So-called ‘book Finnish’—proper written Finnish—is taught at the university, and a great deal more emphasis is placed on writing than speaking (despite two years of study, my written Finnish remains abysmal). This is problematic. Properly written Finnish is nearly a separate dialect from colloquial spoken Finnish in its other many dialectic forms. Foreign students often earn degrees in Finnish language, believing it will make them fluent, and this sometimes leads to disappointment. They graduate, discover that they can write and even translate Finnish, but can’t hold a conversation. I co-authored a textbook, Steps Into English 3 (part a series of I think four books), meant to teach English to Finnish adult learners. It’s earned surprisingly good royalties over the years and so must be popular with teachers in the classroom. So I hope that gives me some credibility with you as proof that I have a clue what I’m talking about. I’m writing this from memory, no resources, so if you find a mistake, feel free to correct me in ‘comments’, for the further edification of readers.
As an English speaker—and this essay is largely geared toward English speakers who face the same problems I did and do—there are concepts difficult to grasp. To name some major ones: no articles; no gender marker; no future tense; rather than hyphenating words, they’re simply strung together, sometimes to make a word upwards of twenty letters long; no accenting of syllables, so the language is spoken in a monotone; some sounds don’t exist in English and are similar, e.g., recognizing the difference between Y (a vowel in Finnish) and Ö was difficult for me; when letters are doubled in a word, they’re both pronounced. AA—pretend you’re at the doctor, “let me here you say aaaa;” consonants, like TT and KK can’t be elongated an a vowel can, so the result is a sort of snapping emphasis and full stop (you need a language tape or Finnish friend to grasp it).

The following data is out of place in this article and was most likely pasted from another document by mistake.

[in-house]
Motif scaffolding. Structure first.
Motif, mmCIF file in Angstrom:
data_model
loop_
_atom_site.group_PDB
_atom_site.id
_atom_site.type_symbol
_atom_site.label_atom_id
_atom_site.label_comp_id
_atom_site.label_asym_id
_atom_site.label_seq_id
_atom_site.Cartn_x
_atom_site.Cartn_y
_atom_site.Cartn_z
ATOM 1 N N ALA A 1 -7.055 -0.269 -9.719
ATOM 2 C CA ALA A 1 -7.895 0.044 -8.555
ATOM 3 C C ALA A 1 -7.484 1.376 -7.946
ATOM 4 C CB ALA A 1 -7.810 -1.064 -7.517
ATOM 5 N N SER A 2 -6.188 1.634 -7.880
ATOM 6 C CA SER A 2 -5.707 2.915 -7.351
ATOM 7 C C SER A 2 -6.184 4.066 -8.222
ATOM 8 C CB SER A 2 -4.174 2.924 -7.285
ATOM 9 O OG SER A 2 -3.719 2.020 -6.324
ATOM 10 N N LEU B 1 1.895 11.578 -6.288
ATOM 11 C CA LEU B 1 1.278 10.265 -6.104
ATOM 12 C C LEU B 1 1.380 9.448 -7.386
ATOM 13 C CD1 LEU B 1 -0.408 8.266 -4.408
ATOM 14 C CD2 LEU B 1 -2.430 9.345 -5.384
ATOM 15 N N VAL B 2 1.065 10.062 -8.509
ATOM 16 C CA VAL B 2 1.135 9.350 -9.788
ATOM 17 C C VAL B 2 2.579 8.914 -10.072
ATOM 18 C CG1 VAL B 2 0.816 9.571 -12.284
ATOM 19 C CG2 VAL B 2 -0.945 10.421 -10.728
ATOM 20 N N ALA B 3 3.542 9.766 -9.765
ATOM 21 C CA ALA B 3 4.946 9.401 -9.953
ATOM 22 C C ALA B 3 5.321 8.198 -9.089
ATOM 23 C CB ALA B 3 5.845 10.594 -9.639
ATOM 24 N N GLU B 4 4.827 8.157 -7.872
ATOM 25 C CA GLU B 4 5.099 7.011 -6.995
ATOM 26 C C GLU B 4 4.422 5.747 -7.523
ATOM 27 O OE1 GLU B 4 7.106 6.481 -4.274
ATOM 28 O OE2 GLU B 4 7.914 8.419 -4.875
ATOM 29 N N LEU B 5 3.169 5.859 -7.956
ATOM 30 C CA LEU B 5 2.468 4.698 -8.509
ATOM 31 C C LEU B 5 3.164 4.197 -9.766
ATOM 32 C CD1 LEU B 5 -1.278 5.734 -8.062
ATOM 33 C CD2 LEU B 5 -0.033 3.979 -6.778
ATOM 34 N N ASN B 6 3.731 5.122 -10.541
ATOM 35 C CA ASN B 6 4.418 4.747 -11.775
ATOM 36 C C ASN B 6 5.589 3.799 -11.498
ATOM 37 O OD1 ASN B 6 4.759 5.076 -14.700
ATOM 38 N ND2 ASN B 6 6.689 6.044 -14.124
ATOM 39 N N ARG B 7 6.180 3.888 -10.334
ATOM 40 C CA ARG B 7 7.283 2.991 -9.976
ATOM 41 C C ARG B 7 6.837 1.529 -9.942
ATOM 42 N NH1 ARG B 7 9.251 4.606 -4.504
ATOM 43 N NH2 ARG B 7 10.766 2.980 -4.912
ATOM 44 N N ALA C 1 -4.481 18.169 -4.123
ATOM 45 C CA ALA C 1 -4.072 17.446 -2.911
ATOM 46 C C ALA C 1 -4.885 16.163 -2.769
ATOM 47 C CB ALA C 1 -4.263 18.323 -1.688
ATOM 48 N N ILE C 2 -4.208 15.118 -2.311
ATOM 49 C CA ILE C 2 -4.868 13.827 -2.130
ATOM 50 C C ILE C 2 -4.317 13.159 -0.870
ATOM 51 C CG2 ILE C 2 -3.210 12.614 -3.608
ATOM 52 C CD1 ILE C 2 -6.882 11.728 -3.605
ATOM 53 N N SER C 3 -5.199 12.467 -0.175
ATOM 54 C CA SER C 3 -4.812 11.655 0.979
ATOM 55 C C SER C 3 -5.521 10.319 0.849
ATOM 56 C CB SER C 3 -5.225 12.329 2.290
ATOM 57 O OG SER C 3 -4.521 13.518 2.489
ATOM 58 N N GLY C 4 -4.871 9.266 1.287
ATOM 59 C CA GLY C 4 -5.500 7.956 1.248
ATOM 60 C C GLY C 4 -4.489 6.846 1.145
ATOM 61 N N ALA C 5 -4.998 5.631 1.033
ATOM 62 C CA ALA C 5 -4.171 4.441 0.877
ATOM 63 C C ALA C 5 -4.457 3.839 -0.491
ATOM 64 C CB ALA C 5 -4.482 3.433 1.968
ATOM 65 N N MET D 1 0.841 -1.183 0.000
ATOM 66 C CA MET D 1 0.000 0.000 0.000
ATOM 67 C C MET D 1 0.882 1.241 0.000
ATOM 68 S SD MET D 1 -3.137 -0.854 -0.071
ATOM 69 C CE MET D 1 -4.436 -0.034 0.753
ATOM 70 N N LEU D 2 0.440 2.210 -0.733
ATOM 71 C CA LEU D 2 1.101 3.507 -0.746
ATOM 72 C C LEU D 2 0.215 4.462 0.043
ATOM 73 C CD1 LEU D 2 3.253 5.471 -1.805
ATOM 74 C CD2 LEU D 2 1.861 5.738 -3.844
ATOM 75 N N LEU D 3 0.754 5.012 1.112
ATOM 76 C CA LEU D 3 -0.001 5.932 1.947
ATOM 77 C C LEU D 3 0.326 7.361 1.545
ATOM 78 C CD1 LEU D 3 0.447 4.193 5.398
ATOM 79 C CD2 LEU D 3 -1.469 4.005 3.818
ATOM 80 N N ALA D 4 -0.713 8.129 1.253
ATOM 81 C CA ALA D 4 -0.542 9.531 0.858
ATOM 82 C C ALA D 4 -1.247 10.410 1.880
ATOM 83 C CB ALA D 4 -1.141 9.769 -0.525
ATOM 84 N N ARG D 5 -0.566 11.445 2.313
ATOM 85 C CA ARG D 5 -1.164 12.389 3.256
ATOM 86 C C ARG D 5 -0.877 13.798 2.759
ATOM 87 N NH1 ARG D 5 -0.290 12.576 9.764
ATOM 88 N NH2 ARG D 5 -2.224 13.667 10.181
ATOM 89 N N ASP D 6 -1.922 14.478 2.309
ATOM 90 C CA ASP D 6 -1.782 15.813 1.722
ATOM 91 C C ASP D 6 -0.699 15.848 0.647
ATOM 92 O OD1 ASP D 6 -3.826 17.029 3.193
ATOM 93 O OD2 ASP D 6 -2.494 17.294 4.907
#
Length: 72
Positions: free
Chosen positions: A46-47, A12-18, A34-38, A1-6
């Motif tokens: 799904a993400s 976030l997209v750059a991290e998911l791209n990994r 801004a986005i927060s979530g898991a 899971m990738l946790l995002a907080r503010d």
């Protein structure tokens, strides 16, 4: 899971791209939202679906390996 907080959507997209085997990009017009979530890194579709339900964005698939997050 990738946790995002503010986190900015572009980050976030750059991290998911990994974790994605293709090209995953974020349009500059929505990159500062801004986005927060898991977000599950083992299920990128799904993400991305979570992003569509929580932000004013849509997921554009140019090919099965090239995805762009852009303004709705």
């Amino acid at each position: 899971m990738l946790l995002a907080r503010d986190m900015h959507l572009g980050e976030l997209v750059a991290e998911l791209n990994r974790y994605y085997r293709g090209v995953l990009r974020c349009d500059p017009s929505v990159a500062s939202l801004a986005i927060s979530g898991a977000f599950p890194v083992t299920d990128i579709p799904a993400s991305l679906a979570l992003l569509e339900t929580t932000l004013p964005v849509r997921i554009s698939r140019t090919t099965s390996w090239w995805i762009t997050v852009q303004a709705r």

The language has many hard sounds, and this, along with the combination of the noted difficulties, may make the beginner feel that they’re only hearing akkkakkakkakkakkaa, and are unable to differentiate where one word ends and the next begins. Most of the above obstacles disappear, with exposure, over time, even the overwhelming length of words. You just get used to it.
When I reached the point that I could get through my day in Finnish, people still often looked at me like I had three heads, as my accent screamed foreigner. I hated drawing that attention to myself. Finnish and English not only don’t translate well, but Finnish spoken with an English accent is grating, truly a butchery and hard to listen to. I learned how to cure this problem in one day, through a lecture at the university on how the sounds produced in Finnish are physically made, as compared to the way sounds are produced in English. Once I practiced and learned these physical skills, although my accent remains soft compared to a natural born Finn, I lost two of my three heads and stopped attracting attention when I spoke. I’ll share some of those tips.